Children on the Plane: With and Without Parents

Traveling with children is not always an exciting adventure. When preparing for a flight to Europe, it is essential to consider not only the individual characteristics of the child but also adhere to the safety regulations set by airlines.

In this article, we will explore how to transport children of different ages on a plane, whether a child under one year old needs a ticket, and how to make the journey comfortable for both you and them.

Previously we covered useful apps for life in Europe.


When booking a flight, indicate the child’s age so that the system correctly selects the fare. According to European Union rules, an underage passenger must have a photo ID: a passport, identity card, or birth certificate (to confirm maternity/paternity/guardianship). If a visa or authorization/permission to take children out of the country from the second parent is required, bring them along to present at the check-in counter or on the plane.

Ensure that your little one stays entertained during the flight. Onboard, there are often children’s activities such as coloring books and picture books. Pack a snack in case the child refuses the offered food. Don’t buy water; it’s complimentary onboard.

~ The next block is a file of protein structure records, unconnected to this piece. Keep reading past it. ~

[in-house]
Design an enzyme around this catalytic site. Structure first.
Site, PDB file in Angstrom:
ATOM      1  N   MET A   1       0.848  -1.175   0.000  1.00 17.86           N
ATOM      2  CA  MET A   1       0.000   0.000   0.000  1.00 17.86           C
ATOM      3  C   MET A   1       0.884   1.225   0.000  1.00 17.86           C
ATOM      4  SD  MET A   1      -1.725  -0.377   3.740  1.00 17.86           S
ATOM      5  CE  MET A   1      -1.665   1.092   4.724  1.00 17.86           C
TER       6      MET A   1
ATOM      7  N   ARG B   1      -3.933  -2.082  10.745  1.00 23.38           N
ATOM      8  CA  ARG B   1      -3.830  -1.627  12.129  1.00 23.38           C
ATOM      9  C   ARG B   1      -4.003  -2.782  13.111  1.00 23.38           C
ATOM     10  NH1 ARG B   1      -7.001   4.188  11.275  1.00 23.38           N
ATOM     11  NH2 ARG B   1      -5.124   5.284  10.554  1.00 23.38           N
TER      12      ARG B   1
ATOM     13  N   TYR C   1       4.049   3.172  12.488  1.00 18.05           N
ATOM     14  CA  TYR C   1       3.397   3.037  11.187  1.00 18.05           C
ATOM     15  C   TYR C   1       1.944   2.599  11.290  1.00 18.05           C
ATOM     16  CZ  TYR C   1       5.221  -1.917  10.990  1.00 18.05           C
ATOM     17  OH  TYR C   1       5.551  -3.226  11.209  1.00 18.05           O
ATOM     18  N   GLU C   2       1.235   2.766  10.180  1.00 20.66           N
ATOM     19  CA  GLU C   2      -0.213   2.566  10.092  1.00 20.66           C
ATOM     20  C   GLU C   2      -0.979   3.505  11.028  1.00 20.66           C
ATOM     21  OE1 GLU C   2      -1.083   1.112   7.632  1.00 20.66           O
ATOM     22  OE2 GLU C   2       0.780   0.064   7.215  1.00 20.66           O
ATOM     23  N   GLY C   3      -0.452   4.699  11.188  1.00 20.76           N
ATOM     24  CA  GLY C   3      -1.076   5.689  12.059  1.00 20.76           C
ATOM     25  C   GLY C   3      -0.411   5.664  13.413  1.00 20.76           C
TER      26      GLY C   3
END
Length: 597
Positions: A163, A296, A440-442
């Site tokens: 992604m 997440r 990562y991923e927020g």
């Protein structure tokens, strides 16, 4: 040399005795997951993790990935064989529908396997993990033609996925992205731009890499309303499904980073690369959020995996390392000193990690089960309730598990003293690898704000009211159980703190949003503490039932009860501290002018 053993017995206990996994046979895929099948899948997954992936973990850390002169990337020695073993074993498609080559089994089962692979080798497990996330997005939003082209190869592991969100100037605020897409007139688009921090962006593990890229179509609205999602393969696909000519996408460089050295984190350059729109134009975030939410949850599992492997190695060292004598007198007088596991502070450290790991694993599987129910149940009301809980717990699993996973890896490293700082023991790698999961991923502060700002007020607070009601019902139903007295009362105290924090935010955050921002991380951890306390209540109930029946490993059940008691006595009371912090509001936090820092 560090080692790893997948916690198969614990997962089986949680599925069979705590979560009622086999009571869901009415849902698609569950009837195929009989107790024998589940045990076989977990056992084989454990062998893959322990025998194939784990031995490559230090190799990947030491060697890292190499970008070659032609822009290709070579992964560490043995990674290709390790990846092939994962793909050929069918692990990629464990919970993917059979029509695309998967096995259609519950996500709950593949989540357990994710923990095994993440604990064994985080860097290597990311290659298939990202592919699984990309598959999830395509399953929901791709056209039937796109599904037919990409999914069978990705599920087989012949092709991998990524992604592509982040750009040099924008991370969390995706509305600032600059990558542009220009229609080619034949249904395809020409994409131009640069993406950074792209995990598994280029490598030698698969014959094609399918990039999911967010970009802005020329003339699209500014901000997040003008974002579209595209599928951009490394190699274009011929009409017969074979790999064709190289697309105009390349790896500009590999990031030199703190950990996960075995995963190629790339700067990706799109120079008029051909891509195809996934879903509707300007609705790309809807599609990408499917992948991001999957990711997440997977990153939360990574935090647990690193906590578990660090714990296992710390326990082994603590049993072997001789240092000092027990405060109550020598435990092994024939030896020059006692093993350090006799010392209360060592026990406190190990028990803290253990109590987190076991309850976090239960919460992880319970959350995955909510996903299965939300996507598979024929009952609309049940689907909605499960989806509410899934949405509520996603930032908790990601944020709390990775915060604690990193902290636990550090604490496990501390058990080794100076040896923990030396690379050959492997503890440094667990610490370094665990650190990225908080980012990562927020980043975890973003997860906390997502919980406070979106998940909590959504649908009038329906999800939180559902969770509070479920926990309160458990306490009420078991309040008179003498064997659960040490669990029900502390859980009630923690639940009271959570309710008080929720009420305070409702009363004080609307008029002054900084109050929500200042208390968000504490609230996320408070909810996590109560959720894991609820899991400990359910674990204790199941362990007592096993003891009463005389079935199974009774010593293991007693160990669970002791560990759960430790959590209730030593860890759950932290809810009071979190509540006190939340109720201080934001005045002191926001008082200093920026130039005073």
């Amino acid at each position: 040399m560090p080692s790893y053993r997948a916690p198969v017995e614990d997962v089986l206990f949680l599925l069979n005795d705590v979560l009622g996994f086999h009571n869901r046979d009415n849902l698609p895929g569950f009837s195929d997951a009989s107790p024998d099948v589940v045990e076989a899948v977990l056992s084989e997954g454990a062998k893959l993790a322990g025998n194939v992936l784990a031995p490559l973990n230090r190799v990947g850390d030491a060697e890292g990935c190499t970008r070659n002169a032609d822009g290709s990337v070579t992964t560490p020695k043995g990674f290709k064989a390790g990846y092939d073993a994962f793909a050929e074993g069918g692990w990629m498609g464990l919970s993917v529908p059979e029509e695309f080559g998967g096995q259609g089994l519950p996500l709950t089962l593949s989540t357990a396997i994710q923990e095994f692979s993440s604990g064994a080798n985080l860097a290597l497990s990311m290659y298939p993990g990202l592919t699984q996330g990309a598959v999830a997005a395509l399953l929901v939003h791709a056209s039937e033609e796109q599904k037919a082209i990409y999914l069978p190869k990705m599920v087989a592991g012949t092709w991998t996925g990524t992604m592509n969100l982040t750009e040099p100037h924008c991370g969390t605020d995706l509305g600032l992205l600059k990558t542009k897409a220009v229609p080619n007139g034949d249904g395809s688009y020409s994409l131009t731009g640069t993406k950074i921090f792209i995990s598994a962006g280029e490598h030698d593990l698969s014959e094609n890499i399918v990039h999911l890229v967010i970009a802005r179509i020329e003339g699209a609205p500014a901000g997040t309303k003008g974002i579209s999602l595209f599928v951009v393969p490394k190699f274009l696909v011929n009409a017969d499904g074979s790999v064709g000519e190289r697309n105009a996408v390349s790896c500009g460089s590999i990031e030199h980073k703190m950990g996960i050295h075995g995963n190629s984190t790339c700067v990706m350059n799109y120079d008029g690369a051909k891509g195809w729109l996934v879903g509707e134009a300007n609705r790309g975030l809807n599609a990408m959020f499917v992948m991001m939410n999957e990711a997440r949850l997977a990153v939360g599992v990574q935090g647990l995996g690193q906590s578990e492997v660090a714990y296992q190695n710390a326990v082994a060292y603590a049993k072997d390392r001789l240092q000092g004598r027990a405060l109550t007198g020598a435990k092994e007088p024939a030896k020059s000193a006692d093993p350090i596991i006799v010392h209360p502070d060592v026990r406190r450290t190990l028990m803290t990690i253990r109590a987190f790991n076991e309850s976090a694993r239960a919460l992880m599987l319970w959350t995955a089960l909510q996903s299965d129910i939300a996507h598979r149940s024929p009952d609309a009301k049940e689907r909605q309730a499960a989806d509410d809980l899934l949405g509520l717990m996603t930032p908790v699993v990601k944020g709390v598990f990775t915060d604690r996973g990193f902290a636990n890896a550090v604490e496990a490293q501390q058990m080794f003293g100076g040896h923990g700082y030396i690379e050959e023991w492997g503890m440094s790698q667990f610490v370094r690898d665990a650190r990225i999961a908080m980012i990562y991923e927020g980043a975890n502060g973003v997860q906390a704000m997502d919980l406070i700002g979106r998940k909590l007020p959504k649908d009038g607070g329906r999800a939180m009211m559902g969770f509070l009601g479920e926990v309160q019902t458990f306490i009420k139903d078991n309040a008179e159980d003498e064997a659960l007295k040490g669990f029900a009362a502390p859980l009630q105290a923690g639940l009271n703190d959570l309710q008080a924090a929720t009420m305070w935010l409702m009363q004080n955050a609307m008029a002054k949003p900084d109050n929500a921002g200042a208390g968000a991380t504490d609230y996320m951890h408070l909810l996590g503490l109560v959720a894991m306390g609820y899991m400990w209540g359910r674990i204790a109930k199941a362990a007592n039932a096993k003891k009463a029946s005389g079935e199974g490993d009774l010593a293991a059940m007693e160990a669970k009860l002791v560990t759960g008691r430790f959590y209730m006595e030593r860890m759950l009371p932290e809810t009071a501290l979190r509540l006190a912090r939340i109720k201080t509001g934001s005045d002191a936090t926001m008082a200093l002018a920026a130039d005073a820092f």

Footrests cannot be used on airplanes and suitcases cannot be used for this purpose.

Can you take a newborn on a trip? Flying with children is permitted from 7 days old unless health conditions prohibit air travel. Exceptions may arise in cases where a baby urgently needs to be taken to a hospital abroad, and the risk of transportation is lower than the current life-threatening situation.

Tips for Flying with Infants

Airlines recommend planning night flights for infants — a child under one year old will maintain their sleep and wake schedule, making them more relaxed during the flight.

Neutralize pressure changes during takeoff and landing by offering the baby a pacifier or a bottle.

Ensure the baby is well-bundled in several layers of clothing. Dress and undress as needed to regulate body temperature.